27. The Man Who Was Thursday by G. K. Chesterton (1908)
  28. My Man, Jeeves by P. G. Wodehouse (1919)
  29. The Trial by Franz Kafka (1925)
  30. Jesting Pilate by Aldous Huxley (1926)
  31. The Sound and the Fury by William Faulkner (1929)
  32. Down and Out in Paris and London by George Orwell (1933)
  33. I, Claudius by Robert Graves (1934)
  34. Tender is the Night by F. Scott Fitzgerald (1934)
  35. The Plague by Albert Camus (1947)
  36. The Martian Chronicles by Ray Bradbury (1949)
  37. The Simple Art of Murder by Raymond Chandler (1950)
  38. The Catcher in the Rye by J.D. Salinger (1951)
  39. Speak, Memory by Vladimir Nabokov (1951)
  40. East of Eden by John Steinbeck (1952)
  41. The Long Goodbye by Raymond Chandler (1953)
  42. The Seeds of Time by John Wyndham (1956)
  43. The Midwich Cuckoos by John Wyndham (1957)
  44. Pale Fire by Vladimir Nabokov (1962)
  45. Travels with Charley in Search of America by by John Steinbeck (1962)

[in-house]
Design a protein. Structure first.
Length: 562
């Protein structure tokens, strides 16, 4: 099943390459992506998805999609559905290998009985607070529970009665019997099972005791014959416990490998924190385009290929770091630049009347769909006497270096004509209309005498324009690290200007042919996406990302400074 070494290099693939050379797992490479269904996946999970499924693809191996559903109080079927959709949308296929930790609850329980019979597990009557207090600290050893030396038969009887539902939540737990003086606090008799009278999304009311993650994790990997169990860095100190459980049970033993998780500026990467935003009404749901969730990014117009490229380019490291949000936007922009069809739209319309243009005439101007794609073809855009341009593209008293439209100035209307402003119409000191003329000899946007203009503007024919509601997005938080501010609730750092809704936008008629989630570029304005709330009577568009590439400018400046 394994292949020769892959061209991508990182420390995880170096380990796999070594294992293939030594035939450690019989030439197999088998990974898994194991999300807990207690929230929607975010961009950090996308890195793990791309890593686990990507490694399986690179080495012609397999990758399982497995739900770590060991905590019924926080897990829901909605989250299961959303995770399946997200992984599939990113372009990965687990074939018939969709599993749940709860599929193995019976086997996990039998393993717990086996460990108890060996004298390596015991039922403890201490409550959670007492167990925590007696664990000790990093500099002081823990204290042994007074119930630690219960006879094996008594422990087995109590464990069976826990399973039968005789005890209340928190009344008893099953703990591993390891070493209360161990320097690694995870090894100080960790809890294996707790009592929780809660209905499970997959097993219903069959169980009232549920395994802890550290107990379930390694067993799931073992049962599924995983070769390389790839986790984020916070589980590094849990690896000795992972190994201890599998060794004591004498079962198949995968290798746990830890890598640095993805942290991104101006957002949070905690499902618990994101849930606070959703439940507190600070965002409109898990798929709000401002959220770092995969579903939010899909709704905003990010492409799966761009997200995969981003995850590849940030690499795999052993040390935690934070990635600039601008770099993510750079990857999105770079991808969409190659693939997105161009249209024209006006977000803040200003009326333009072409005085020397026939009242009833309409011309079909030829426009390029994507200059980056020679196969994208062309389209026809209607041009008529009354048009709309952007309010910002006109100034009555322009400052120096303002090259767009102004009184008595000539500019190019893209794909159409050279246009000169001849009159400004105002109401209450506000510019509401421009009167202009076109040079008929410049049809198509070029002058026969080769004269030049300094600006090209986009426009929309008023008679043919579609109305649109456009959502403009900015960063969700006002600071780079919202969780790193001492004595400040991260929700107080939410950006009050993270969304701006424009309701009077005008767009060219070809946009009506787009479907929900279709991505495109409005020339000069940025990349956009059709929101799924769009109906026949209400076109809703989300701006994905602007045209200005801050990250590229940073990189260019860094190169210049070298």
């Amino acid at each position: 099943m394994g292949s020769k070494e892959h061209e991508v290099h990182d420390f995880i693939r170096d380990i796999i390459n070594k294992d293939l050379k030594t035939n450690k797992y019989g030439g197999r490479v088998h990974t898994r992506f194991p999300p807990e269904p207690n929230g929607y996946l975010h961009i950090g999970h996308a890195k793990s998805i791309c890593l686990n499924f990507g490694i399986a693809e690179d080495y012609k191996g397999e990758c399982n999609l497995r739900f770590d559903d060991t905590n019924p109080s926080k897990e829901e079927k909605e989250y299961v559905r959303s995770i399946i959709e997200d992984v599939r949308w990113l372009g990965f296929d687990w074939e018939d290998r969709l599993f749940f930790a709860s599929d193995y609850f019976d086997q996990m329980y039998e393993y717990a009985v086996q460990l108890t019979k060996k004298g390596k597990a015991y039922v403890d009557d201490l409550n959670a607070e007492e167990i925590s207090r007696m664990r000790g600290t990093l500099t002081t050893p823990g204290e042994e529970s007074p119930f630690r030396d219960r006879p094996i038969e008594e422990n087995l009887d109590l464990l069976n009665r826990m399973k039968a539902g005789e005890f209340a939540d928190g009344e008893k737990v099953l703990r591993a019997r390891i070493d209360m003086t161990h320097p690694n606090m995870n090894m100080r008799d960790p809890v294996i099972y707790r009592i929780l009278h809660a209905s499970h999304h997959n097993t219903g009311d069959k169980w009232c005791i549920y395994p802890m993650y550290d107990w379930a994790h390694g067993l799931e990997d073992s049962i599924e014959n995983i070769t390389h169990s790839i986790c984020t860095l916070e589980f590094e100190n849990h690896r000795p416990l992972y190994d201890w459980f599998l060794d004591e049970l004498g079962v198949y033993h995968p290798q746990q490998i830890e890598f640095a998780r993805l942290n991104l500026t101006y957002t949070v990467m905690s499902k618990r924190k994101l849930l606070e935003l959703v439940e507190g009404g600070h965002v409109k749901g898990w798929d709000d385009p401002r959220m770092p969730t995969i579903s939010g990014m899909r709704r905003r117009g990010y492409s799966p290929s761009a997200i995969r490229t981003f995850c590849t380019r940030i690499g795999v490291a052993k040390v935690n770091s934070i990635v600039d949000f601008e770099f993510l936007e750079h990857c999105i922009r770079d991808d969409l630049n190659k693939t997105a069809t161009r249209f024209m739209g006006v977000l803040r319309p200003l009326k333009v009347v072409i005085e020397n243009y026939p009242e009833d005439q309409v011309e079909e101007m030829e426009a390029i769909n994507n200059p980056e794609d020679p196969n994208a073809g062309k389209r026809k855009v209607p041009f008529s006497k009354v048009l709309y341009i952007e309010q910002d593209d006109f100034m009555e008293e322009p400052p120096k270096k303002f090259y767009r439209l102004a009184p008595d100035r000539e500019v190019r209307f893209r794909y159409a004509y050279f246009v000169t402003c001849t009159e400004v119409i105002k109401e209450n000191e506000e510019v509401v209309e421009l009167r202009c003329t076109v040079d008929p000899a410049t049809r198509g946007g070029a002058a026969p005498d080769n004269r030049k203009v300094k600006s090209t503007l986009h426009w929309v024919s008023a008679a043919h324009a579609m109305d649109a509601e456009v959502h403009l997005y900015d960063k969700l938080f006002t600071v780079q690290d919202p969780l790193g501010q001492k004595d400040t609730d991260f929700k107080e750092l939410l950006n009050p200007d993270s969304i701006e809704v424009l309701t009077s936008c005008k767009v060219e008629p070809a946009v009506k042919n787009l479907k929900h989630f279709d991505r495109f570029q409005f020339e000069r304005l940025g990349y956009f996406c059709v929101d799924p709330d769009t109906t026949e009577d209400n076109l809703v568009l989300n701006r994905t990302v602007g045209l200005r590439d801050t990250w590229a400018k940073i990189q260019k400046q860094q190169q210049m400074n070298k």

46. The Man in the High Castle by Philip K. Dick (1962)
  47. A Moveable Feast by Ernest Hemingway (1964)
  48. Memento Mori by Muriel Spark (1965)
  49. Dune by Frank Herbert (1965)
  50. The Master and Margarita by Mikhail Bulgakov (1967)

14 thoughts on “The Classics Club – Round Two!

    1. Rob Post author

      Hah, War and Peace is on my someday list, but realistically it probably won’t happen soon. Too intimidated by that one!

      Completing the last list really helped me get in the habit of picking up more classics. I feel like now it’s just part of my reading actually, which is great.

      Reply
  1. Jillian

    LOVELY to see a second list from you! (I’m the girl who started the club, forever ago. I’ve had nothing to do with it since beyond my own reading, but I wished you luck on your first list, I think, several years ago. Very best wishes again.) 🙂

    I can strongly recommend Waiting for the Barbarians by J.M. Coetzee (South African author.) Waiting For the Barbarians isn’t “quite old,” though. It was published in 1980. However, Coetzee is a Nobel prize-winner, so maybe you could try his novel as a side venture, ha! However, since I founded the club, I say it counts as a classic. Especially since a lot of world literature came along in the post-colonial era.